As far as orthopedic horror stories go, mine is pretty tame. I’ve interned in ortho so I know how bad it can get, fractures not healing, infections necessitating amputation, multiple failed surgeries, etc. Mine is nothing like that. . . But there are varying degrees of nightmares, and while my situation could be much worse, it could also be much better. I’ve only had one failed scope so far. What makes my hip complex is that I have several borderline issues working in conjunction to create a dysfunctional hip. In my case, the whole hip is more dysfunctional than the sum of its parts.
Most doctors don’t understand what is wrong with my hip, so they recommend another hip scope. The scope doctors that could actually see what was wrong want nothing to do with me. The dysplasia doctors that understand don’t really know what to do with me. Ehlers-Danlos and a previous failed scope make the issue even less clear. This is why I had to spend months reading research articles and scouring hip forums to learn as much as I could so that I could make an educated decision on what was best for my hip. I’ll show you a picture of my CT and you can take a guess at what’s wrong. I’ll give you a hint, the left hip is fairly normal while the right hip isn’t.
Anterior View of CT
Posterior View of CT
When this hip journey started 5 years ago I had no idea hips were so complicated. I was 24 years old at the time, and was relatively healthy, or so I thought. I had my right hip scoped in March 2010 with a doctor at UCSF who told me I did not have FAI or hip dysplasia. I had no reason to question him. I thought doctors knew everything, at least he knew a lot more than I did about hips. The only thing he did was debride the labrum. I had a very long recovery, longer and more painful than normal. I was in a lot of pain until about 15 months post-op, and then my left labrum tore, making the pain on the right kind of negligible. The left hip had FAI, and that is a story for another day.
I thought the right side was permanently fixed, but I was in for a nasty surprise when my right labrum retore in August 2012. I was doing a passive external rotation stretch, aka the butterfly stretch. Unlike my first labral tear on this side, this time it tore so easily I couldn’t believe it. Within one week my pain shot up from 0/10 to 8/10. I couldn’t sleep or eat because the pain was so bad. I remember I had a doctor appointment that week and I was sitting on the floor bawling. My blood pressure, which is usually 100/70 was 155/130. It hurt like hell, and I knew exactly what it was because I had torn my labrum twice before this.
I had my left hip scope in November 2012 for FAI and a labral tear. I joined some hip forums shortly after that for support. I thought I had residual femoral-acetabular impingement on the right side, so some of the girls advised me to send my films to Dr. Philippon. Dr. Philippon’s assistant called me and told me I needed a PAO, not because I had hip dysplasia, but because my socket was too anteverted, and it needed to be derotated. I remember thinking, ‘What is he talking about?!’ Dr. Philippon seemed pretty certain I wasn’t a hip scope candidate. He referred me to Santore, but Dr. Santore is out-of-network and like 400 miles away, so I didn’t see him. After getting off the phone I cried for a few hours. A PAO (short for periacetabular osteotomy) is where they break your pelvis to give your femur more coverage and/or reorient your socket, and it’s as gruesome as it sounds.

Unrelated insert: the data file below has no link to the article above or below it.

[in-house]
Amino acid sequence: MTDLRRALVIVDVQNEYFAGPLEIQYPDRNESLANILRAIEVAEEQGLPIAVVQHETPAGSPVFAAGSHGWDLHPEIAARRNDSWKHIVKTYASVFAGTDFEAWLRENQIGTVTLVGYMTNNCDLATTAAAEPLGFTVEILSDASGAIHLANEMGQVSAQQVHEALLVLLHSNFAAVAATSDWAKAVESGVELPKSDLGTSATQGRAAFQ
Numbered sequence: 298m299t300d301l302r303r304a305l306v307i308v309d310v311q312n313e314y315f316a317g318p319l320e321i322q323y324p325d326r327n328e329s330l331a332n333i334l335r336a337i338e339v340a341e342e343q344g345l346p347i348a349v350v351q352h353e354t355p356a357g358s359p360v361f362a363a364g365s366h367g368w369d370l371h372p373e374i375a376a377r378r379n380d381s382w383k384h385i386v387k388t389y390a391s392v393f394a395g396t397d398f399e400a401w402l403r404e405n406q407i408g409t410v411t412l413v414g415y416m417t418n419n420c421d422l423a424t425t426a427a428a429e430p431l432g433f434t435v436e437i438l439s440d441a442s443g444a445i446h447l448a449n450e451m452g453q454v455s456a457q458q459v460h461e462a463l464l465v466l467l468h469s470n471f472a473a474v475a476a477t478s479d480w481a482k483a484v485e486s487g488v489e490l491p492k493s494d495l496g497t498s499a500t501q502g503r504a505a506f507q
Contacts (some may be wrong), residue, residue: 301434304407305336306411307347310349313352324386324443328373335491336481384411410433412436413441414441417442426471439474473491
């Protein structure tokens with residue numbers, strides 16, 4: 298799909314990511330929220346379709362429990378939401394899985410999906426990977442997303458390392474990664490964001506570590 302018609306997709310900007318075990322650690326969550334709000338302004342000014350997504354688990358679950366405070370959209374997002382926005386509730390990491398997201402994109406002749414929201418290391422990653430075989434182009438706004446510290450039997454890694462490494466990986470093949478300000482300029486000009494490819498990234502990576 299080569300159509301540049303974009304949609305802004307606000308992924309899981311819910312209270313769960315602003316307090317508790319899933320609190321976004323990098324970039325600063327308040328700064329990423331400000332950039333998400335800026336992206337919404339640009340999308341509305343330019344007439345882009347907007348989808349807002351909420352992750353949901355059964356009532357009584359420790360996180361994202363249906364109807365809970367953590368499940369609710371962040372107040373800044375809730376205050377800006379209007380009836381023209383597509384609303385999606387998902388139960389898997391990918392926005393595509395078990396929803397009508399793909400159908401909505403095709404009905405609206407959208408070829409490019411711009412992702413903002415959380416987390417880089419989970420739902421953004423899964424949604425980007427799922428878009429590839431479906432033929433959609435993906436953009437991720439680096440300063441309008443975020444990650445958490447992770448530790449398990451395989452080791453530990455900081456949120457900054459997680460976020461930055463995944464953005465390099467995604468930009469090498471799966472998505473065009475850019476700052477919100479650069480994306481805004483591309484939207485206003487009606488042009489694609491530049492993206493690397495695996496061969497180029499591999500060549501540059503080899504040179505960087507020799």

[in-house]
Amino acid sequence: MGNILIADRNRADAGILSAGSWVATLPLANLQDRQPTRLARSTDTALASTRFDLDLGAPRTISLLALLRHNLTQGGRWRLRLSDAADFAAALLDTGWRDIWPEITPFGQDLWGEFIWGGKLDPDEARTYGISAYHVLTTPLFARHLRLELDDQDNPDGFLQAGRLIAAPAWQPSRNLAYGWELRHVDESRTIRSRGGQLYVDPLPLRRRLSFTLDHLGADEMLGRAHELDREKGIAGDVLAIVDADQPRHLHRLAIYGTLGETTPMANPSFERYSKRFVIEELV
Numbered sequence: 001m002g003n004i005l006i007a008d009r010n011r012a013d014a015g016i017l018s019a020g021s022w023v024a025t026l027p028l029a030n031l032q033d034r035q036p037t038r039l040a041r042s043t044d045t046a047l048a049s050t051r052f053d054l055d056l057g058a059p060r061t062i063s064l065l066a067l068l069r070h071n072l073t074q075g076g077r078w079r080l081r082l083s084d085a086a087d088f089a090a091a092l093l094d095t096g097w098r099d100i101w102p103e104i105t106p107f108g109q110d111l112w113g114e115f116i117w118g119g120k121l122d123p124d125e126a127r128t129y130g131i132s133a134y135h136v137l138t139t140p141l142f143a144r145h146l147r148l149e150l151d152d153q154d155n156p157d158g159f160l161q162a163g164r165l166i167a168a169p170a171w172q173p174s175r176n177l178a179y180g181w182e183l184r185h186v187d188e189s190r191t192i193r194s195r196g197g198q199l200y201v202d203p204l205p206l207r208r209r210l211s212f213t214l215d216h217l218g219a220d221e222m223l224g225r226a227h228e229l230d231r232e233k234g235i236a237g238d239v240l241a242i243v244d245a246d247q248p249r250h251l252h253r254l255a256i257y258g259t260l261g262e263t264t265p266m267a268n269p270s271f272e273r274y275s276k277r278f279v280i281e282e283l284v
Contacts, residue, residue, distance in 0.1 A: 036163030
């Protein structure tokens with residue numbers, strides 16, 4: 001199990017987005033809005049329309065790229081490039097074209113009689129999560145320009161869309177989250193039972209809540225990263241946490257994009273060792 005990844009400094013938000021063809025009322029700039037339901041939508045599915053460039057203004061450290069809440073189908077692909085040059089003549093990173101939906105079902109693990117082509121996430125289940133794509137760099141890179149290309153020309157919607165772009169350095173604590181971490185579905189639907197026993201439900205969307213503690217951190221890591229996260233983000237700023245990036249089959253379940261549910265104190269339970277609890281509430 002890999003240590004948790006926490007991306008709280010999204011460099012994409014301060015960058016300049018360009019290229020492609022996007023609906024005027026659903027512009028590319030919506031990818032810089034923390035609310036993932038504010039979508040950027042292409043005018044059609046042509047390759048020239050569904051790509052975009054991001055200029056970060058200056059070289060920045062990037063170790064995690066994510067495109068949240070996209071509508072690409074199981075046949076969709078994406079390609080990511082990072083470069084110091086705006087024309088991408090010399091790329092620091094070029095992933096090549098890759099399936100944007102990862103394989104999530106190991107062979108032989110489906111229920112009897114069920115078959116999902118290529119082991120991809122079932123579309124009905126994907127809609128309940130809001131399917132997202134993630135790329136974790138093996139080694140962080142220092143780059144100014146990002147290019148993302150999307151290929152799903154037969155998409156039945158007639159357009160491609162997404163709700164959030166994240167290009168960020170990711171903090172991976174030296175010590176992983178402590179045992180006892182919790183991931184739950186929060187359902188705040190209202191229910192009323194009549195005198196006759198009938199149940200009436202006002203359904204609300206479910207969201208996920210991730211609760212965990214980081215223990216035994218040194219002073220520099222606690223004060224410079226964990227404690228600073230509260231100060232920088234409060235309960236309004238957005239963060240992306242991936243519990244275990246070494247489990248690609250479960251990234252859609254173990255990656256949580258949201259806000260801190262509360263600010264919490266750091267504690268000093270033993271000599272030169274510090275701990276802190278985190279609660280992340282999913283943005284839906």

Instead I consulted 10 hip orthos (both hip scope and dysplasia surgeons) either in person or by film review, and 1 knee surgeon specializing in rotational deformities between Jan. 2013 to Feb. 2014. I had consulted two hip surgeons prior to my first hip surgery, so that makes it a total of 13 orthopedic surgeons I either saw or did a film review with. I got a lot of conflicting opinions, so it took me a while to find a doctor that was willing to help me and understood what was really going on.
I have EDS, a shoulder injury, and a degenerating spine in addition to my bad hip. I was in excruciating pain as I took trips to Chicago, Boston, Tacoma, and New York City seeking answers. Because we didn’t have much money, I traveled alone and carried everything in a backpack, so I only stayed in a hotel overnight and went from the doctor’s office directly to the airport. Carrying a heavy backpack is not good for a shoulder injury, and sitting for long hours is not good for a back and hip injury. On the way back home I was laying down on the dirty airport floor, and I didn’t even care. It was grueling, but I needed answers, and I needed my hip fixed. Due to the EDS I recover badly from any surgery, so another failed surgery would be another few years of pain and disability.